Aviva Chomsky is the author of a new history of just how the words "immigration" and "illegal" became wedded -- it wasn't talked about that way not so many decades ago -- and how immigrants became demonized in ways that are familiar in American history. The Los Angeles Times has hailed Undocumented: How Immigration Became Illegal for adding "smart, new, and provocative scholarship to the immigration debate." As in her book, so today at TomDispatch, Chomsky puts the most recent version of the immigration "debate" into a larger context, revealing just what we prefer not to see in our increasingly up-armored nation. Tom

America's Continuing Border Crisis
The Real Story Behind the "Invasion" of the Children
By Aviva Chomsky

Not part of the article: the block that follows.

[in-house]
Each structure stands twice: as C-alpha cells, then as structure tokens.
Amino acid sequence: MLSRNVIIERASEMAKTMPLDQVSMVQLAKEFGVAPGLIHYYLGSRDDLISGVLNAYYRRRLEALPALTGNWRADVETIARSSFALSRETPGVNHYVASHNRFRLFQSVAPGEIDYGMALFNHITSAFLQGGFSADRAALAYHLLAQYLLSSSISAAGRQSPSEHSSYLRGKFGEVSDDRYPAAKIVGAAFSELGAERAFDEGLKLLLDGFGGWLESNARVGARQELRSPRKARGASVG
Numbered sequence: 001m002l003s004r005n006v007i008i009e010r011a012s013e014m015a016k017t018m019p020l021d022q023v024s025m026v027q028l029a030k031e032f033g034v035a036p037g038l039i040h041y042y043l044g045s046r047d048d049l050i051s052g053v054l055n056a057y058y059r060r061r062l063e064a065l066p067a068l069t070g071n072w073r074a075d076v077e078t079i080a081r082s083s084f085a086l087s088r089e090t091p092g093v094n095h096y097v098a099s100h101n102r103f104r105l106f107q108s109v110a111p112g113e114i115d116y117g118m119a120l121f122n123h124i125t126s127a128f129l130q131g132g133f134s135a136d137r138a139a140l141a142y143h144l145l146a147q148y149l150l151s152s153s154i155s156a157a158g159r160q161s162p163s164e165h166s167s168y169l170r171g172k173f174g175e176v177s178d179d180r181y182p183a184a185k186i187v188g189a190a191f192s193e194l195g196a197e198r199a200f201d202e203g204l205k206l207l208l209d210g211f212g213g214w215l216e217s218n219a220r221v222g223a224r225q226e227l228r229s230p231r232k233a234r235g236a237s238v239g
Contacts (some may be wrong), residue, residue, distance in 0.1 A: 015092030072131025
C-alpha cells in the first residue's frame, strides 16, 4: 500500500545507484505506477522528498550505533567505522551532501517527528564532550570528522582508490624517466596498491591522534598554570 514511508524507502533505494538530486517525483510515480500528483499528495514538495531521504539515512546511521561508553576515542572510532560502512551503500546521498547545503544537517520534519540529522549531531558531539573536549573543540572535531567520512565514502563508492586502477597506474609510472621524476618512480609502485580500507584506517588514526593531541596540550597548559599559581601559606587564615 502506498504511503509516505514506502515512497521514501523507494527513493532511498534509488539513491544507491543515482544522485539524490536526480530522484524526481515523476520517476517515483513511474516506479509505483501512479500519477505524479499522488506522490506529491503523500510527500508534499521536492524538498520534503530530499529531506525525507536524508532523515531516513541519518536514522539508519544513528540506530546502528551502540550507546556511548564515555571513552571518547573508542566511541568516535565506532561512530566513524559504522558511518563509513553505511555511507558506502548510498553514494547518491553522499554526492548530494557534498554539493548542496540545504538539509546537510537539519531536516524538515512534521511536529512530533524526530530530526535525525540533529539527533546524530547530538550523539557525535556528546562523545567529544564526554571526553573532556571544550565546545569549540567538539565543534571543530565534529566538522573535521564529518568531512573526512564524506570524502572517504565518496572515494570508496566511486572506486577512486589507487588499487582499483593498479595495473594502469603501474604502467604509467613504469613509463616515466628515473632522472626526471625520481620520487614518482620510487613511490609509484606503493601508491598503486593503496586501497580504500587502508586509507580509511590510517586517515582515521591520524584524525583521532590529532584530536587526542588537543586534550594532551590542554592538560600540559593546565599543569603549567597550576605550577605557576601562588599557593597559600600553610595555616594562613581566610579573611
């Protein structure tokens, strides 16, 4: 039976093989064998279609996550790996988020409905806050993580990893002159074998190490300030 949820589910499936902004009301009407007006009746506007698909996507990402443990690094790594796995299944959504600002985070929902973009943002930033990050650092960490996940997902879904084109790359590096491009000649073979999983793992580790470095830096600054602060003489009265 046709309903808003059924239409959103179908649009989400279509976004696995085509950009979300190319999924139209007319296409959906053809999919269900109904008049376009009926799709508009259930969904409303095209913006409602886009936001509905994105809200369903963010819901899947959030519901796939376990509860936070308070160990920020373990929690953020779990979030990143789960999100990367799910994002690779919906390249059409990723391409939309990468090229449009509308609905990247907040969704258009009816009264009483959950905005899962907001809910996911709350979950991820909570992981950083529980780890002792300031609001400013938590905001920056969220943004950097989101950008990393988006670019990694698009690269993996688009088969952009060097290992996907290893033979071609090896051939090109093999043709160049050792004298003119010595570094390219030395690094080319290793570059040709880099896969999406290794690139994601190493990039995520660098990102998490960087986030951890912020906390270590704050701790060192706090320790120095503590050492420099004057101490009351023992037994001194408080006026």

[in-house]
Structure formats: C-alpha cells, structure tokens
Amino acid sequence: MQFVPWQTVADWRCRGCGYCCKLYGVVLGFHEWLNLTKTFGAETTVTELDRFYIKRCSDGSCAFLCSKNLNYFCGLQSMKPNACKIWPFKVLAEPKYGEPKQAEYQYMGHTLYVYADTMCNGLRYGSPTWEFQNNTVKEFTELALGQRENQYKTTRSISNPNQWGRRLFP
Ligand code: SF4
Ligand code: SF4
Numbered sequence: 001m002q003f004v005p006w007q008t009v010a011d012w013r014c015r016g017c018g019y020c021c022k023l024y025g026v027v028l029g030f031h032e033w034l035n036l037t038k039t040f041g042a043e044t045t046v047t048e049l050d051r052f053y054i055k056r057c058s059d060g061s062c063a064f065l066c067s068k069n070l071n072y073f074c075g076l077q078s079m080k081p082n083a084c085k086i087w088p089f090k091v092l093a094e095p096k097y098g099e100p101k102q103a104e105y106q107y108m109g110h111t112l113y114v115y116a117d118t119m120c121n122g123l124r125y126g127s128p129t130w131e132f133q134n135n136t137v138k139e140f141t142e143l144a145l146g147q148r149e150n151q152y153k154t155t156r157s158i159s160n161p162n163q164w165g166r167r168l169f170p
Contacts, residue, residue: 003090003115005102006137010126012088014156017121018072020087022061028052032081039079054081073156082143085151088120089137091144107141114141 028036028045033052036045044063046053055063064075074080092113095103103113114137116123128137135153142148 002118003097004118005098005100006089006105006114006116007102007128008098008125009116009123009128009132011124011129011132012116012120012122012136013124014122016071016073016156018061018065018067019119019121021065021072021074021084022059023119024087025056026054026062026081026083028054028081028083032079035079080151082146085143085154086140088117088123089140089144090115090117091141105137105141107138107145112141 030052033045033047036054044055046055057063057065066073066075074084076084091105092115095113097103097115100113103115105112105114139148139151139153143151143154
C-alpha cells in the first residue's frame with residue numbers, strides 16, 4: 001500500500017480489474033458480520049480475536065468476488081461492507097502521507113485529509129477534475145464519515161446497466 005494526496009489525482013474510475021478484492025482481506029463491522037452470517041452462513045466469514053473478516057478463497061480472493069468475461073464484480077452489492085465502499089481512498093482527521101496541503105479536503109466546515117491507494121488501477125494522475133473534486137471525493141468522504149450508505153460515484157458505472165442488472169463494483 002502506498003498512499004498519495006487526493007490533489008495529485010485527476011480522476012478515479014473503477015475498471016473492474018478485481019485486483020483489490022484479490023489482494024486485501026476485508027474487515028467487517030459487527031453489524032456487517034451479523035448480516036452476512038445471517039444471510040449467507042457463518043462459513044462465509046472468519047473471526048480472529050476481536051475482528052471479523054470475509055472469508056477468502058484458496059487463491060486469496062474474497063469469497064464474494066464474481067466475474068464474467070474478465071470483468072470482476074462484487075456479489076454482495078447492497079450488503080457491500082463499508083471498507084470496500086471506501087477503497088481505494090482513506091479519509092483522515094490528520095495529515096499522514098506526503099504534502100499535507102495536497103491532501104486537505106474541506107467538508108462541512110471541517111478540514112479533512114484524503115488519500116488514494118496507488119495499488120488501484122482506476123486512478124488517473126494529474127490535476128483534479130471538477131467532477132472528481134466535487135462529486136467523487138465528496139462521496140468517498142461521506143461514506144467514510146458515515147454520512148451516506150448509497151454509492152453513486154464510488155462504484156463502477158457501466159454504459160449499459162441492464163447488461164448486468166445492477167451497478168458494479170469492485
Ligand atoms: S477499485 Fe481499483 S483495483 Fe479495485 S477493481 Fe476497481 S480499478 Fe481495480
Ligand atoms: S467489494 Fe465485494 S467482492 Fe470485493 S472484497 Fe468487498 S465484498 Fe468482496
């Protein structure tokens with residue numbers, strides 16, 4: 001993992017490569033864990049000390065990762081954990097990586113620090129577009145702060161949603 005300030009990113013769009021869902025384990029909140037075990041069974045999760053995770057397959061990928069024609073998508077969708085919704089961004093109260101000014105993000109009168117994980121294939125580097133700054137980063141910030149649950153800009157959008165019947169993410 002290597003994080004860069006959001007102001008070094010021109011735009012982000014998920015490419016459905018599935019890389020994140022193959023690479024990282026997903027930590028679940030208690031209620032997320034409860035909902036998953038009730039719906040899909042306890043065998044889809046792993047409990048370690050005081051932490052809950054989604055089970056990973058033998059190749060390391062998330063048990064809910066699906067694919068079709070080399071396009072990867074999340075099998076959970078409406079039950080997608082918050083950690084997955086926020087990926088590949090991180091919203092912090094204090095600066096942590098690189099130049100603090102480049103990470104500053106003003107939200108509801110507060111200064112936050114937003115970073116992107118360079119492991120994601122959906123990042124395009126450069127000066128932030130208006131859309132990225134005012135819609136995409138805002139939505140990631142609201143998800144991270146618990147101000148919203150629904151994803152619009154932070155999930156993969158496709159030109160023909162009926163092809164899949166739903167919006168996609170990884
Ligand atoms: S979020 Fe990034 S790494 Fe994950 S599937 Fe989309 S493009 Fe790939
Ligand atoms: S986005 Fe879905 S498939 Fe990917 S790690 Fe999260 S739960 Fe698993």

Call it irony or call it a nightmare, but the "crisis" of Central American children crossing the U.S.-Mexican border, which lasted for months amid fervent and angry debate, is now fading from the news. The media stories have been legion, the words expended many. And yet, as the "crisis" leaves town, as the sound and fury die down and attention shifts elsewhere (even though the children continue to arrive), the real factors that would have made sense of what's been happening remain essentially untouched and largely unmentioned. It couldn't be stranger -- or sadder.